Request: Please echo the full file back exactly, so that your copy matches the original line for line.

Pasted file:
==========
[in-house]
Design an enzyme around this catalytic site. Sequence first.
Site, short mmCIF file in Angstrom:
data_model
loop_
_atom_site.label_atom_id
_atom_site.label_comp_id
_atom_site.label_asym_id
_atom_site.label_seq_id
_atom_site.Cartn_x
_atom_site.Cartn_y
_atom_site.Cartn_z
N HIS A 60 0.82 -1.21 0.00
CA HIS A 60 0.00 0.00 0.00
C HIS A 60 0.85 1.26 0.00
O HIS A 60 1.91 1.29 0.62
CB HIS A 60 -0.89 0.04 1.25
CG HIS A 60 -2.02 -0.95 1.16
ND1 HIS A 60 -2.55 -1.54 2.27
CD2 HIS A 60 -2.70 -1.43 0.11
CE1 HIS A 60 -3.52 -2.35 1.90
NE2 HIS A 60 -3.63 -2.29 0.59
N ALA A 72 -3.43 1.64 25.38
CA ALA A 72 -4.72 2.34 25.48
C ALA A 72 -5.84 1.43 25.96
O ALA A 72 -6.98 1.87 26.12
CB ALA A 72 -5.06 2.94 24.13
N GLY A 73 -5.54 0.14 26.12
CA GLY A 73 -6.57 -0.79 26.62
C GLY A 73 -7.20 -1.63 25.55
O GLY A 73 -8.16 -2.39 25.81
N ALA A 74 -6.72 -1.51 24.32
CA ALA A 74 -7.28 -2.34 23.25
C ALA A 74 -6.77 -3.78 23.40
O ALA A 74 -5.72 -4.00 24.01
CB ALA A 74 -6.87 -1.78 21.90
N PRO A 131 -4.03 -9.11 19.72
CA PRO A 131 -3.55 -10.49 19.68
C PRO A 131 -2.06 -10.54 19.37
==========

[in-house]
Design an enzyme around this catalytic site. Sequence first.
Site, short mmCIF file in Angstrom:
data_model
loop_
_atom_site.label_atom_id
_atom_site.label_comp_id
_atom_site.label_asym_id
_atom_site.label_seq_id
_atom_site.Cartn_x
_atom_site.Cartn_y
_atom_site.Cartn_z
N HIS A 60 0.82 -1.21 0.00
CA HIS A 60 0.00 0.00 0.00
C HIS A 60 0.85 1.26 0.00
O HIS A 60 1.91 1.29 0.62
CB HIS A 60 -0.89 0.04 1.25
CG HIS A 60 -2.02 -0.95 1.16
ND1 HIS A 60 -2.55 -1.54 2.27
CD2 HIS A 60 -2.70 -1.43 0.11
CE1 HIS A 60 -3.52 -2.35 1.90
NE2 HIS A 60 -3.63 -2.29 0.59
N ALA A 72 -3.43 1.64 25.38
CA ALA A 72 -4.72 2.34 25.48
C ALA A 72 -5.84 1.43 25.96
O ALA A 72 -6.98 1.87 26.12
CB ALA A 72 -5.06 2.94 24.13
N GLY A 73 -5.54 0.14 26.12
CA GLY A 73 -6.57 -0.79 26.62
C GLY A 73 -7.20 -1.63 25.55
O GLY A 73 -8.16 -2.39 25.81
N ALA A 74 -6.72 -1.51 24.32
CA ALA A 74 -7.28 -2.34 23.25
C ALA A 74 -6.77 -3.78 23.40
O ALA A 74 -5.72 -4.00 24.01
CB ALA A 74 -6.87 -1.78 21.90
N PRO A 131 -4.03 -9.11 19.72
CA PRO A 131 -3.55 -10.49 19.68
C PRO A 131 -2.06 -10.54 19.37